Office of the Vice President for Global Communications

Friday, December 16, 2011

Lally to head philanthropy and alumni relations for U-M Health System

The university has chosen a new leader for its effort to attract gifts to the U-M Health System — philanthropy that can fuel innovative biomedical research, advanced patient care and comprehensive medical and scientific education.

 
  Brian Lally

The Board of Regents on Thursday approved the appointment of Brian Lally as the new associate vice president for medical development and alumni relations.

Lally will start at U-M on Jan. 16, coming from the Dartmouth-Hitchcock Medical Center and Dartmouth Medical School, where he recently helped lead an effort to greatly increase philanthropy for the academic medical center.

He will report to both Dr. Ora Hirsch Pescovitz, executive vice president for medical affairs and CEO of UMHS, and Jerry May, vice president for development, and will serve on their leadership teams.

"We are thrilled to select Brian to lead the philanthropic support of our strategic efforts in research, patient care and education, and to engage the tens of thousands of physicians and scientists across the country who have trained on our medical campus," says Pescovitz. "As federal research funding, reimbursement for patient care and state support for higher education all tighten at once, we can't overstate the importance of gifts and foundation grants of all sizes, and of a coordinated effort to engage donors."

Says May, "As our university prepares for its bicentennial in 2017, we must lay the philanthropic foundation for a third century that will surpass the success of the first two, and serve our nation and world in all areas of human inquiry. A strong Health System, with broad donor support, is crucial to that vision."

In his new role, Lally will lead an accomplished program, working closely with the two leaders of the Health System's major units: Doug Strong, CEO of the U-M Hospitals and Health Centers, and Dr. James Woolliscroft, dean of the Medical School. He will oversee plans to integrate development efforts across all areas of UMHS and lead the Health System to new levels of philanthropy over the next decade.

The Health System already attracts tens of millions of dollars each year from an exceedingly generous group of donors. In the most recent U-M capital campaign ending in 2008, donor gifts accounted for $740 million of the $3.2 billion university total. Philanthropic dollars support the Medical School through endowed professorships, scholarships and important research funds.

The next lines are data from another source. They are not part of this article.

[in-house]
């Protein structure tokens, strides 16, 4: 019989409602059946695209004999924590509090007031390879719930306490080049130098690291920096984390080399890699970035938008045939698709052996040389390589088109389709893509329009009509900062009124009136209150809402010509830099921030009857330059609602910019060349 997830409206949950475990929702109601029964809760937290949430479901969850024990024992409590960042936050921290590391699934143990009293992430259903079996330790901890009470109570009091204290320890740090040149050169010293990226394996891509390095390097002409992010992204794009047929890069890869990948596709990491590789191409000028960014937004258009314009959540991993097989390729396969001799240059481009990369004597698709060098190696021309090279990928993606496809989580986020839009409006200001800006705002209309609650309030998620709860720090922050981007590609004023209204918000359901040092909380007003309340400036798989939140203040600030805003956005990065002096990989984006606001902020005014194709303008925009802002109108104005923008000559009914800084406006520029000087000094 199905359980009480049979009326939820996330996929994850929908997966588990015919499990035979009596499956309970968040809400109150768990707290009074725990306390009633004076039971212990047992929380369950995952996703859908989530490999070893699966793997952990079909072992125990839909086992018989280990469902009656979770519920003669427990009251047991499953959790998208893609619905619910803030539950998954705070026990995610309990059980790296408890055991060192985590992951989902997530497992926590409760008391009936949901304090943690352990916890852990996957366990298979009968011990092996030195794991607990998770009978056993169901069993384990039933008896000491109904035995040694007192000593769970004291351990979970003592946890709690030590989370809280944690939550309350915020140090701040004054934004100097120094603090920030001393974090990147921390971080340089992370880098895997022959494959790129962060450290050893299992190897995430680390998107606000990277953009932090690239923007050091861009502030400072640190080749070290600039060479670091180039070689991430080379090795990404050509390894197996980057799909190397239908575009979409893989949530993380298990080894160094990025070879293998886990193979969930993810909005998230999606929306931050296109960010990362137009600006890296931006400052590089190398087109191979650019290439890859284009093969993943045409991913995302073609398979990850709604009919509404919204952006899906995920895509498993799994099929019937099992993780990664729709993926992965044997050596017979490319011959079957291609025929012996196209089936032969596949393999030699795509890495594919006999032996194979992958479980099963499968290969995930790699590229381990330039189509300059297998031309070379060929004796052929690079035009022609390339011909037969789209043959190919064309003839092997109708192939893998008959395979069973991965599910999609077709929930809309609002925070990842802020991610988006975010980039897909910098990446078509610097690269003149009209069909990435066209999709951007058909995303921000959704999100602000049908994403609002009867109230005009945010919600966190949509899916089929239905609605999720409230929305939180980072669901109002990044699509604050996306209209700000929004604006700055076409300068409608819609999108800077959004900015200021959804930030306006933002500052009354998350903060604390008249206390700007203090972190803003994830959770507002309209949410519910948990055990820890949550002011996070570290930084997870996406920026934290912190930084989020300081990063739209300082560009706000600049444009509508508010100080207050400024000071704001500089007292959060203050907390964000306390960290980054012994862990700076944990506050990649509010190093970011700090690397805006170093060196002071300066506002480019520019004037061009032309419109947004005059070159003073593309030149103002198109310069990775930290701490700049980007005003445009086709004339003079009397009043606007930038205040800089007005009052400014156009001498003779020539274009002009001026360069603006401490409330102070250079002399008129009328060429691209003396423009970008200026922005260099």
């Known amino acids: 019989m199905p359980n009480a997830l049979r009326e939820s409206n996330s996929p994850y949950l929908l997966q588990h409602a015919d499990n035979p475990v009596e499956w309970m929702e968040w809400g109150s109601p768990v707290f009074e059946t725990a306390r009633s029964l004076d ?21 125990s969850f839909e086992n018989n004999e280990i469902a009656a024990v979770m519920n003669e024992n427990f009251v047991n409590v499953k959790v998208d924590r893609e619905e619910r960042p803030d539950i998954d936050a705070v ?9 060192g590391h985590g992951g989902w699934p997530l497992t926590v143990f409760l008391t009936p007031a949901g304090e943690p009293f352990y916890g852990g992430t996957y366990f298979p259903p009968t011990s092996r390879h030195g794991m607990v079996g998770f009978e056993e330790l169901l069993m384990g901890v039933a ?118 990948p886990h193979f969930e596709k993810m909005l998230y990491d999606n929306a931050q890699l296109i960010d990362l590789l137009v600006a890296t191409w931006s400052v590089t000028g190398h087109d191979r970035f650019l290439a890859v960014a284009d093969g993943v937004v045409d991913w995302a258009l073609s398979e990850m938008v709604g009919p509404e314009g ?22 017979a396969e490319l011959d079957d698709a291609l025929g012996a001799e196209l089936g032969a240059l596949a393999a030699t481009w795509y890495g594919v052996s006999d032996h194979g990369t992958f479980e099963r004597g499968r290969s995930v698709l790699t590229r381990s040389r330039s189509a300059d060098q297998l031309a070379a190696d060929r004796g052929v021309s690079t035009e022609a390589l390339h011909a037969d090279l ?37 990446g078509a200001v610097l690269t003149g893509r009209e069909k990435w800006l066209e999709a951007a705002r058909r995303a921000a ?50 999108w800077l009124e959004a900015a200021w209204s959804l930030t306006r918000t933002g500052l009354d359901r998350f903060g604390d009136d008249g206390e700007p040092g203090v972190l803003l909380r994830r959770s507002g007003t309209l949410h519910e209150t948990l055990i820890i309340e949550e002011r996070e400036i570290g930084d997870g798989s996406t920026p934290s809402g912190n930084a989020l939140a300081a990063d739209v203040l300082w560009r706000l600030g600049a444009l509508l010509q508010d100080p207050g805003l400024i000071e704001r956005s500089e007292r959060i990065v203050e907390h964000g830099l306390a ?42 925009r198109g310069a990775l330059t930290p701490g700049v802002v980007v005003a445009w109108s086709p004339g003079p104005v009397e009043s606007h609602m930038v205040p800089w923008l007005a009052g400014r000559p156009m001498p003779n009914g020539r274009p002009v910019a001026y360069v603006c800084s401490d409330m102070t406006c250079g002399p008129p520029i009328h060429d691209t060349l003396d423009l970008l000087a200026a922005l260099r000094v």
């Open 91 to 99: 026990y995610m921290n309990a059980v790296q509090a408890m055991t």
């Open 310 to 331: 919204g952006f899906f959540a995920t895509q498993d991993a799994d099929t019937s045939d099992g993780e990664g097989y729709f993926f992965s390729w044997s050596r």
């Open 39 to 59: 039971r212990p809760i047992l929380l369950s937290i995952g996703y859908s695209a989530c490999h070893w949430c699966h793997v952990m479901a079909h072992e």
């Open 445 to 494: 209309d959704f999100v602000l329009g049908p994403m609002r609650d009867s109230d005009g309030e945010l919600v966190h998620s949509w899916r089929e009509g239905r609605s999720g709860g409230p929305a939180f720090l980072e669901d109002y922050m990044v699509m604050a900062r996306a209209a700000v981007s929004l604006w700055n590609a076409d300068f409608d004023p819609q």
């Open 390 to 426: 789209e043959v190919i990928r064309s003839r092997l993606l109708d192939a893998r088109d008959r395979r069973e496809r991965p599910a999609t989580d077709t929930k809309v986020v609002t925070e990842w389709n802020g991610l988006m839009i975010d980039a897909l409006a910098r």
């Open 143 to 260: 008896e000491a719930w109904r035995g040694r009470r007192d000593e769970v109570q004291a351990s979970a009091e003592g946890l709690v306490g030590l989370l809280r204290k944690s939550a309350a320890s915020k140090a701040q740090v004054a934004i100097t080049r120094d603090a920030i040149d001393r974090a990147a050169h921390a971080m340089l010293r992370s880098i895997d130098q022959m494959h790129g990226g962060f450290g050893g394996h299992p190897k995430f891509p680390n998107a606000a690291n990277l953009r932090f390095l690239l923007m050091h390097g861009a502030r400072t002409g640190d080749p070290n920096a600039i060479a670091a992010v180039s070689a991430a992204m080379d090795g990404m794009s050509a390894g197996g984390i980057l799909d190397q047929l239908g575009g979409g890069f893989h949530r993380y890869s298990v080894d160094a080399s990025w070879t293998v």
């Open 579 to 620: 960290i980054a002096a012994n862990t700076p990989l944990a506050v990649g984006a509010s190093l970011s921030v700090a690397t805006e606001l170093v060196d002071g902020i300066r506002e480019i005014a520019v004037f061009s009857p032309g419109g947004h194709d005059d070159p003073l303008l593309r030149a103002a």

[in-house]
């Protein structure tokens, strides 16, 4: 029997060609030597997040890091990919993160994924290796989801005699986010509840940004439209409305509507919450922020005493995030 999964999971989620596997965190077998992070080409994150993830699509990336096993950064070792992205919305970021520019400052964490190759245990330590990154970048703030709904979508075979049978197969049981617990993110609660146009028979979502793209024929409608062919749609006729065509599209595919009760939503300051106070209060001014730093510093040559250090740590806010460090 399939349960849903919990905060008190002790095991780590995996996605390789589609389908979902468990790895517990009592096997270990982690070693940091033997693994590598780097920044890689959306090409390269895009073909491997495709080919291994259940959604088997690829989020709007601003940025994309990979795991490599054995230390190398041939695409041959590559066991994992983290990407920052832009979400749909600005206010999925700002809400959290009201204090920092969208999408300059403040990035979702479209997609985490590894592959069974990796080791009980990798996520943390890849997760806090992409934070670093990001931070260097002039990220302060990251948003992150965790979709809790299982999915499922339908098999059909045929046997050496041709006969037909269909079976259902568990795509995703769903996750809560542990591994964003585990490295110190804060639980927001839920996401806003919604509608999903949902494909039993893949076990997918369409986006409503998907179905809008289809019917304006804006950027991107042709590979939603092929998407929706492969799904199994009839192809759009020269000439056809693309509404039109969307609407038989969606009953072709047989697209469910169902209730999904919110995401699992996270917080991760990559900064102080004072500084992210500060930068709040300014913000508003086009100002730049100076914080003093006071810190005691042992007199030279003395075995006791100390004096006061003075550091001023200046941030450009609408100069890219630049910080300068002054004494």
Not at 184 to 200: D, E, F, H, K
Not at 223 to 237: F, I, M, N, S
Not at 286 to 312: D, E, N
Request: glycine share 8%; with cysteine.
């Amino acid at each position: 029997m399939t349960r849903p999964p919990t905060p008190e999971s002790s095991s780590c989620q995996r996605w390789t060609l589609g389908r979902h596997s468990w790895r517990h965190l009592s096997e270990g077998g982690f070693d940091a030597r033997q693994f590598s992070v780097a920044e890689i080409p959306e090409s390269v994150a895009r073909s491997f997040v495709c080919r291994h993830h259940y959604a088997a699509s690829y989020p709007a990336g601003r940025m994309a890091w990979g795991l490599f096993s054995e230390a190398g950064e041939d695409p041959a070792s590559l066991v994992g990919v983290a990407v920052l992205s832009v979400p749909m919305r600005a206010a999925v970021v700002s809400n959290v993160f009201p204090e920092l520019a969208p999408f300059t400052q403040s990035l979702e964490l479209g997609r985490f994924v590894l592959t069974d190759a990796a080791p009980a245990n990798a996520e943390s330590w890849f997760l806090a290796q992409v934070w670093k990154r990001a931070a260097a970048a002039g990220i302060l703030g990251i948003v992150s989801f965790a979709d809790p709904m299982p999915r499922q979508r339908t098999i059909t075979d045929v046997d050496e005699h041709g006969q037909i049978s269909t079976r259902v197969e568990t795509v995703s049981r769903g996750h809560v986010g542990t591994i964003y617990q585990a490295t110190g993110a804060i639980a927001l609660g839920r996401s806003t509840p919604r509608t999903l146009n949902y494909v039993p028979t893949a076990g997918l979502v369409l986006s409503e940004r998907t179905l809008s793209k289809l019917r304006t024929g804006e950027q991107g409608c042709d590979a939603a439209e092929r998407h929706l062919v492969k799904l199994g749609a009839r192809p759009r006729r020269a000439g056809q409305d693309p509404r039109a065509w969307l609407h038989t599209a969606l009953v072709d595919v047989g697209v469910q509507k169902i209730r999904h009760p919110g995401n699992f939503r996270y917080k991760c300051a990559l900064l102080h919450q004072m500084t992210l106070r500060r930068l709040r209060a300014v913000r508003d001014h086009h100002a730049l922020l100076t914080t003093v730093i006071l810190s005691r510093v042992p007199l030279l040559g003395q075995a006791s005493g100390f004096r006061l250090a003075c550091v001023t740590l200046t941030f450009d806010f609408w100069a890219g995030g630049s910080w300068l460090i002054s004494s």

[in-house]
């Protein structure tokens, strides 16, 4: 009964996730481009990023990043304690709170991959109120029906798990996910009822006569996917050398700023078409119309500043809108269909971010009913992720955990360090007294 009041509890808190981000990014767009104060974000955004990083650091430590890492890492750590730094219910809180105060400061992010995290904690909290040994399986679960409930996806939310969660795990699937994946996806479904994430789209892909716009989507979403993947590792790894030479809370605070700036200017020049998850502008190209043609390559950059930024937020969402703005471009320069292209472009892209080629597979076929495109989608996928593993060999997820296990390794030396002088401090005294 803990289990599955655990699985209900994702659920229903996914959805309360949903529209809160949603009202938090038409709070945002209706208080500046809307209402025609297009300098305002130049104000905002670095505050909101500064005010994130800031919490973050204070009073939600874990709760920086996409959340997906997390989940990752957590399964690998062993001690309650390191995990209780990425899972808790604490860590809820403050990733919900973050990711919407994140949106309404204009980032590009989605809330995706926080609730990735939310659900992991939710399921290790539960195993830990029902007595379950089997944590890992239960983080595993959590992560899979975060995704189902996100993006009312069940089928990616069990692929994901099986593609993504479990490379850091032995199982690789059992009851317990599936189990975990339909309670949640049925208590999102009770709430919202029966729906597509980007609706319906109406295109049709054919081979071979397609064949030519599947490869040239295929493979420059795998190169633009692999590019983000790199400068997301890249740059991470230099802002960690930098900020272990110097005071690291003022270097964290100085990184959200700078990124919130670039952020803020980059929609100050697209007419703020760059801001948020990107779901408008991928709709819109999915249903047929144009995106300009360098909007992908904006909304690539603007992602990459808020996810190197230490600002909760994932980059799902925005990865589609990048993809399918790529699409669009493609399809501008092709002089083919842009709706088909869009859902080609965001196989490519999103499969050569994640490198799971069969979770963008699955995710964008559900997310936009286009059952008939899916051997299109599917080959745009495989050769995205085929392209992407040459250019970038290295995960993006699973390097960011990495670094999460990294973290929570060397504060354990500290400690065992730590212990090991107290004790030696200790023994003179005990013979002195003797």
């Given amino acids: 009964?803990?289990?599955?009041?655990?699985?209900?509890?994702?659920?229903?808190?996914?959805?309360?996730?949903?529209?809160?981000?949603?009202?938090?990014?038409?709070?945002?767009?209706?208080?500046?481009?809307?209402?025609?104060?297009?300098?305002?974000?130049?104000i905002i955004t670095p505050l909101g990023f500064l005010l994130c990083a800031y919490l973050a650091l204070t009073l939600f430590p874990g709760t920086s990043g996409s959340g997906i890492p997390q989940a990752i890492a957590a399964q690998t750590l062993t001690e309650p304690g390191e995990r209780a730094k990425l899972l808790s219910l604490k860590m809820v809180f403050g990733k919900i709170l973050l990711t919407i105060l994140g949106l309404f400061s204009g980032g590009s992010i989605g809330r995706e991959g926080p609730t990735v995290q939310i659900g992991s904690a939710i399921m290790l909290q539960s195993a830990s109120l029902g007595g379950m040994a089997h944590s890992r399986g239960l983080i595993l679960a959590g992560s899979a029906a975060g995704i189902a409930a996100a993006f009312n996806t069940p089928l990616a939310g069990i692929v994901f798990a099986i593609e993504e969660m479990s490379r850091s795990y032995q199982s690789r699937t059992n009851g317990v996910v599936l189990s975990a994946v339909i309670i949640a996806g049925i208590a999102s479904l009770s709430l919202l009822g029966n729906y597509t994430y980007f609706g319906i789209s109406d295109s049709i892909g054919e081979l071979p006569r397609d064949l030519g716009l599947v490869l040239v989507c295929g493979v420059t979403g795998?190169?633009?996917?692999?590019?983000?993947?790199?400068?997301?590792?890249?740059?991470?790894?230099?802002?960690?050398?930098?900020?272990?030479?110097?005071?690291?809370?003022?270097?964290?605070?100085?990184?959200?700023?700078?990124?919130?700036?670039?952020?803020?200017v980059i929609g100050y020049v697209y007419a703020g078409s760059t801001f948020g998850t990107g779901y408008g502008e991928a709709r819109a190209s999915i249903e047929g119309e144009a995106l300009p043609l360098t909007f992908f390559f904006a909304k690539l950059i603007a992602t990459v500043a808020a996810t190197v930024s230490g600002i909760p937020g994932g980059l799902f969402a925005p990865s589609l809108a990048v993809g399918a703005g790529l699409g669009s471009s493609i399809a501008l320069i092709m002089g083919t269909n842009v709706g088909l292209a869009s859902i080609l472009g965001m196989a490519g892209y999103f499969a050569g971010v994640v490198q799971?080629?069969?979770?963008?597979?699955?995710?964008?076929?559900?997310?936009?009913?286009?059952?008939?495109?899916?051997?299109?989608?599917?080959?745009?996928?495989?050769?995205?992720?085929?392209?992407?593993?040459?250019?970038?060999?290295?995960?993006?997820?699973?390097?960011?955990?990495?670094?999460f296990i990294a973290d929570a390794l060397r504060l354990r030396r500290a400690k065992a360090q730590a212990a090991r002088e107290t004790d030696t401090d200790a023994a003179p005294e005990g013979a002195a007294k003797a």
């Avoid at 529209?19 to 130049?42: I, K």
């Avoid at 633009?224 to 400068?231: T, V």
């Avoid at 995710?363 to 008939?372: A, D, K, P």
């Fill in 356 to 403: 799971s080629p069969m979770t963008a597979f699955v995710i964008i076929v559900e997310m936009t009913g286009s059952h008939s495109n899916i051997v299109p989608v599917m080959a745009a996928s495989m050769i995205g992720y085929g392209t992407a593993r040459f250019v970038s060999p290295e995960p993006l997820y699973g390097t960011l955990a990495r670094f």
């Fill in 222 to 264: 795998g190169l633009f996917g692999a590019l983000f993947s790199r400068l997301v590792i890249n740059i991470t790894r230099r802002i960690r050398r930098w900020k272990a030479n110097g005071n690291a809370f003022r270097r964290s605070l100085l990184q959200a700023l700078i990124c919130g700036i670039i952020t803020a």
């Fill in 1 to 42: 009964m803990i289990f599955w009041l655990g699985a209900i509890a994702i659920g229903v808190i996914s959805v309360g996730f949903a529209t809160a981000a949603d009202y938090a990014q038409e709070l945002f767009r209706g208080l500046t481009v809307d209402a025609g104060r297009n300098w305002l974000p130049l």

Major gifts from donors such as A. Alfred Taubman, William and Delores Brehm and those who have given to the new C.S. Mott Children's Hospital and Von Voigtlander Women's Hospital have bolstered UMHS programs, enabled important research and supported training of future generations of investigators and caregivers.

Lally currently is chief advancement officer for the Dartmouth academic medical center, a role he has held since the end of the university's last capital fundraising campaign in 2010. During that campaign, from 2000 to 2010, he held the title of vice president for development and alumni relations for the medical center and helped Dartmouth attract $256 million in gifts to its medical activities.

That campaign more than quadrupled the amount that the medical center and school had raised in the last campaign. During Lally's time as vice president, Dartmouth also greatly increased the percentage of medical alumni, faculty and patients who donated to fund medical activities.

Lally brought in the two largest gifts ever to Dartmouth medical initiatives, and has overseen organizational changes that have greatly increased the ongoing role of major donor volunteers and integrated development and communications efforts.

Lally came to Dartmouth after 18 years at Memorial Sloan-Kettering Cancer Center, including three years as director of development for individual gifts. A New York native, he holds an MBA from St. Johns University and an undergraduate degree in communications from Queens College. He also is a former air traffic controller and a father of four grown children.